Windows Phone 7: Problems out of the gate

The race is on, and everybody's already a lap ahead of Microsoft.

No matter what Microsoft reveals at its Windows Phone 7 event, the company faces some huge hurdles in the race to create a popular smartphone platform. The major problem for Windows Phone 7 is that it's three years late to the party thrown by Apple, and another operating system, Google's Android, has already become the iPhone's main competitor.

Microsoft's late attempt to save its mobile skin brings lots of other complications, detailed below. Though I won't go so far as to call Windows Phone 7 a failure before it even launches, these are real concerns that need to be addressed:

Missing Features

The short list: No copy-and-paste, no true multitasking, no HTML 5, no Flash. I have a feeling these feature will eventually come to Windows Phone 7, especially start voting with their wallets.

And Microsoft's been conversing with Adobe, which could mean Flash support is already in the cards. For now, whatever enthusiasm I have for Windows Phone 7 is always hampered by these omissions.

Wait-and-See From Developers

Microsoft has paid some developers to ensure a healthy base of apps at launch -- smart move -- but as Robert Scoble recently pointed out, the "long tail" of apps can be just as important as the hits.

A huge selection ensure that your app itch can be scratched, and many developers are still waiting to see how Windows Phone 7 performs.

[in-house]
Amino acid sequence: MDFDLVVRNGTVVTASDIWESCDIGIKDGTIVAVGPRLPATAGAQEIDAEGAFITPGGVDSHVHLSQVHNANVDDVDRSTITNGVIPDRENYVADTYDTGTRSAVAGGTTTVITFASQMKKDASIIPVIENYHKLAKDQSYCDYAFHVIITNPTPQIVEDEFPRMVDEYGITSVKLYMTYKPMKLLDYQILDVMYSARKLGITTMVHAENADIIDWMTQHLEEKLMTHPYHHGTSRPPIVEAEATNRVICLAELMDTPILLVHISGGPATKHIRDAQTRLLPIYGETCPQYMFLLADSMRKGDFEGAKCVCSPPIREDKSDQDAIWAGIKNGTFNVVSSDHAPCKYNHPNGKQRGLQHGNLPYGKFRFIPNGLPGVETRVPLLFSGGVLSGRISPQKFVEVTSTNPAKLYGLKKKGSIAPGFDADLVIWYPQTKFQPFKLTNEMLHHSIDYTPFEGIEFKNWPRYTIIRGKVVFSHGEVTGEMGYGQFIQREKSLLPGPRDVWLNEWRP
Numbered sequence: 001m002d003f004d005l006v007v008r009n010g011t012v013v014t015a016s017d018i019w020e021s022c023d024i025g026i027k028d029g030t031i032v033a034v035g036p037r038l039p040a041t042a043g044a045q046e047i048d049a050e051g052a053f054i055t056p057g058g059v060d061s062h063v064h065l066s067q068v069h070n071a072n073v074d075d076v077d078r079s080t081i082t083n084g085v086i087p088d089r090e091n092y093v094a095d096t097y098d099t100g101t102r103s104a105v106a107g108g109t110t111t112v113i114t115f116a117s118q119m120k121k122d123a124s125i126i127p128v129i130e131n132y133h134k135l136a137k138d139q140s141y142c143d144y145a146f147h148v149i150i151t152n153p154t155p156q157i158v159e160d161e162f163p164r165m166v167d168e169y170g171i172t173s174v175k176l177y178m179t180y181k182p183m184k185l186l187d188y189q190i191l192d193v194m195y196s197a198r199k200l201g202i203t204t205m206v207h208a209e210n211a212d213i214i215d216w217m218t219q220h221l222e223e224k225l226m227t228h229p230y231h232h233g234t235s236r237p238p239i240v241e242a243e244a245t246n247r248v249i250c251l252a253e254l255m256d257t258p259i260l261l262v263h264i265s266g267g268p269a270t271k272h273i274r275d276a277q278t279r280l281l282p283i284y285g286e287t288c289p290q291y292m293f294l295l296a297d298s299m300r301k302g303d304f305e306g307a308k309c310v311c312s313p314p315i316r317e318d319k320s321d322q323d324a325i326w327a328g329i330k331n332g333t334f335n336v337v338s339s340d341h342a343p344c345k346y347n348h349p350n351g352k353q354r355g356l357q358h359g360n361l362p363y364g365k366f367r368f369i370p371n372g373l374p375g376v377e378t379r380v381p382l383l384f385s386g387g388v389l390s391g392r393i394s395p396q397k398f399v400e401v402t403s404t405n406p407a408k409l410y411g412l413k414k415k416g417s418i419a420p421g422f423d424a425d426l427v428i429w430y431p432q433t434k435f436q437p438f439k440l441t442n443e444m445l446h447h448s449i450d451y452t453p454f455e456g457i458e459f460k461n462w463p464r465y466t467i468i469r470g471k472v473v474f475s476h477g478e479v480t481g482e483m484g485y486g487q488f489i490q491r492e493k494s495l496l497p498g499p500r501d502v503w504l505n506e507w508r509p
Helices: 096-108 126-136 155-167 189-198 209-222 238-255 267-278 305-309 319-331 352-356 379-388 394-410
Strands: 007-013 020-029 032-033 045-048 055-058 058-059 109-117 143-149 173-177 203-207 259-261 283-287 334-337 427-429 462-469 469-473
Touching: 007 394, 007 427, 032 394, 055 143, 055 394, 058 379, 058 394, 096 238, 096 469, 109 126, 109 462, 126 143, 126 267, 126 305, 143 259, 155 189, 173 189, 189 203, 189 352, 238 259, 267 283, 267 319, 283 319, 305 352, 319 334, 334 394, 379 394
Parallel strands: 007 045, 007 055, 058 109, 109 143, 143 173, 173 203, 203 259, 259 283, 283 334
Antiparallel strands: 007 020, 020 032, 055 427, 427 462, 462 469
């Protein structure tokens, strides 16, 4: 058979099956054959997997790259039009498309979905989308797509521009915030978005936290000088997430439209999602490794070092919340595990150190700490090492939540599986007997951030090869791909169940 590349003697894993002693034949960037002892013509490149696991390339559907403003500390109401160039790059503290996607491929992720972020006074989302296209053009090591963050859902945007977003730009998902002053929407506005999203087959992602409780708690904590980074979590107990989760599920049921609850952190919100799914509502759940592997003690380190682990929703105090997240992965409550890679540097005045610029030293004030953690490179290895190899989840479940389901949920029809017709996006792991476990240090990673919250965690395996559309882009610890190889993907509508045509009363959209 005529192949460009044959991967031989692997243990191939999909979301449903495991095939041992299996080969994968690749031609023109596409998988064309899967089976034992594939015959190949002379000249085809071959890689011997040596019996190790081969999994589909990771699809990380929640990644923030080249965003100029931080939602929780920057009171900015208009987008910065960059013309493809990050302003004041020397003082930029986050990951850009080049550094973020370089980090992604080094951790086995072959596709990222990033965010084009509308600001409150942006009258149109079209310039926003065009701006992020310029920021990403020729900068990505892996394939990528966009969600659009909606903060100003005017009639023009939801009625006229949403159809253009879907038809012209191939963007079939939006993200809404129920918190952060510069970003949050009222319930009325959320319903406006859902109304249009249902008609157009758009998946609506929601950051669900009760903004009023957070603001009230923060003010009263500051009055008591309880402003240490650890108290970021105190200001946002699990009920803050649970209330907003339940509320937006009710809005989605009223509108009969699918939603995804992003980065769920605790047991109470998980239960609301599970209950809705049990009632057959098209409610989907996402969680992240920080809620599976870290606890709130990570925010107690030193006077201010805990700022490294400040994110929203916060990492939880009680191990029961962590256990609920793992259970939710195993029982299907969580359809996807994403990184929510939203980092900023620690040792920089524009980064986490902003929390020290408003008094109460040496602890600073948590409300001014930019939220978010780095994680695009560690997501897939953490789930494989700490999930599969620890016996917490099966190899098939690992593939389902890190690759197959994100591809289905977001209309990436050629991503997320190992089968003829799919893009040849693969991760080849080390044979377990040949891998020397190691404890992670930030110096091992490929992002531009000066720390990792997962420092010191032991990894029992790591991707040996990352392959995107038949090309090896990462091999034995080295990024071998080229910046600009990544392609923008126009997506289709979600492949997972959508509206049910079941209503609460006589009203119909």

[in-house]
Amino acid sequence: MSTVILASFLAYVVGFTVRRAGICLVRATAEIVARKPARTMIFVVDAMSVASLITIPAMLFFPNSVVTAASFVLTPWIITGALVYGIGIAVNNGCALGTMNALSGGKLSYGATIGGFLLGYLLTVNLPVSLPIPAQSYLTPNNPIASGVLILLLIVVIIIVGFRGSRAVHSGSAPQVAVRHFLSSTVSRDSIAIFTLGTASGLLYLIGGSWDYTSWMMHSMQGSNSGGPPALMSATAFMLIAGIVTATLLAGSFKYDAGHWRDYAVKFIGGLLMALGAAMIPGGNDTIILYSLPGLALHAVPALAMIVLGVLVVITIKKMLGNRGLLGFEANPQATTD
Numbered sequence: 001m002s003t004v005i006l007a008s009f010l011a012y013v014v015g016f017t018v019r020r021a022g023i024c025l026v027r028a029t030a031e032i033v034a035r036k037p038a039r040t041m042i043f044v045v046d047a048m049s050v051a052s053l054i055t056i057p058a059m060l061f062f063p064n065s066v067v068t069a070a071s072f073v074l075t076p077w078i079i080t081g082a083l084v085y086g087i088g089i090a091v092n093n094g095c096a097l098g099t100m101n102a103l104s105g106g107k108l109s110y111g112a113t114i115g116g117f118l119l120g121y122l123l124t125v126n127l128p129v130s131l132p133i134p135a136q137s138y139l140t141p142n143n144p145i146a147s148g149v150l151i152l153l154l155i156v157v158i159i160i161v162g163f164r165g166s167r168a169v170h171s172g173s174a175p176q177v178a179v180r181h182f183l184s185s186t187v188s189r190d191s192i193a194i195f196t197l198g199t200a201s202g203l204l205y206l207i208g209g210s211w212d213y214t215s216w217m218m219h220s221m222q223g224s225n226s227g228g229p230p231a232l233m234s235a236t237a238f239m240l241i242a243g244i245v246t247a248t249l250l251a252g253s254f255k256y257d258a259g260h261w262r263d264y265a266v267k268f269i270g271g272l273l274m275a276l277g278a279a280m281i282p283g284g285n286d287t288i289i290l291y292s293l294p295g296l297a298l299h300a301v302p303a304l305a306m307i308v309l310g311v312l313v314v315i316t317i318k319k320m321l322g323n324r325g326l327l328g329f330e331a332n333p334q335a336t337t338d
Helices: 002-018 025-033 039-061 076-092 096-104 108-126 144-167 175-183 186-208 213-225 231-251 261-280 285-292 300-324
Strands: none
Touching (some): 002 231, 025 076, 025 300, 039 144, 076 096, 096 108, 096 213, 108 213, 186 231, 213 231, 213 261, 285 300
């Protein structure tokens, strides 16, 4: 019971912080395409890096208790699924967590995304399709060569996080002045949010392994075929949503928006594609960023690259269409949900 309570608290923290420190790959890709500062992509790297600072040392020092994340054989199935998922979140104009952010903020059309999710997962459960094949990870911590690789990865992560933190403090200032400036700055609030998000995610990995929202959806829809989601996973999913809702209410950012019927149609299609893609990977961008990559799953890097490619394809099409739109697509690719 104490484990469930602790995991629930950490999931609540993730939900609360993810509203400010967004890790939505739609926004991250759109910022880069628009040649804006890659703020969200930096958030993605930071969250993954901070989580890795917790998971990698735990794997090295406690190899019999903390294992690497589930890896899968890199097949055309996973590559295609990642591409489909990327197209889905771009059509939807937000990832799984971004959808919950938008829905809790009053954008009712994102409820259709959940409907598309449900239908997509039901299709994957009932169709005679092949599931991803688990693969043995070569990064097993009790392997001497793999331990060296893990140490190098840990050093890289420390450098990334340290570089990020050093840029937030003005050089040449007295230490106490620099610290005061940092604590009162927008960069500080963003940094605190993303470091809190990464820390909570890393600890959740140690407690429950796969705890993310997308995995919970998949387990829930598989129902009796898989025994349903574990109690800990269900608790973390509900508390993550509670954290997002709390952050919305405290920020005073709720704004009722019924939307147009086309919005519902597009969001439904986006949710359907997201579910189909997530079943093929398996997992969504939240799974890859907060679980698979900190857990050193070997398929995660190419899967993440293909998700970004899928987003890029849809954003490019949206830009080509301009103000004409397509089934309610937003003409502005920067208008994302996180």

No Verizon

Gaining market share is the key to wooing the aforementioned app developers, and that'll be hard without the nation's biggest wireless carrier on board.

Verizon's tepid reaction to Windows Phone 7 may have something to do with the Kin's colossal failure, or the carrier's proven success with Android. Whatever the reason, Verizon's reluctance knocks the wind out of Microsoft at launch.

Puzzling Ads

Marketing is not Microsoft's strong suit -- see the Internet Explorer 8 ads, churros -- and the ads for Windows Phone 7 are not encouraging so far. A teaser video that surfaced last month promised "revolution," but didn't show the phone actually operating.

An ad that appeared on YouTube in late December, and later taken down by Microsoft, derided the "stop-and-stare" nature of other phones. I'm pretty sure compulsive smartphone use occurs because they're fun devices, irresistible during idle time, not because of deficiencies with any particular phone. What is Microsoft trying to say?

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Jared Newman

PC World (US online)
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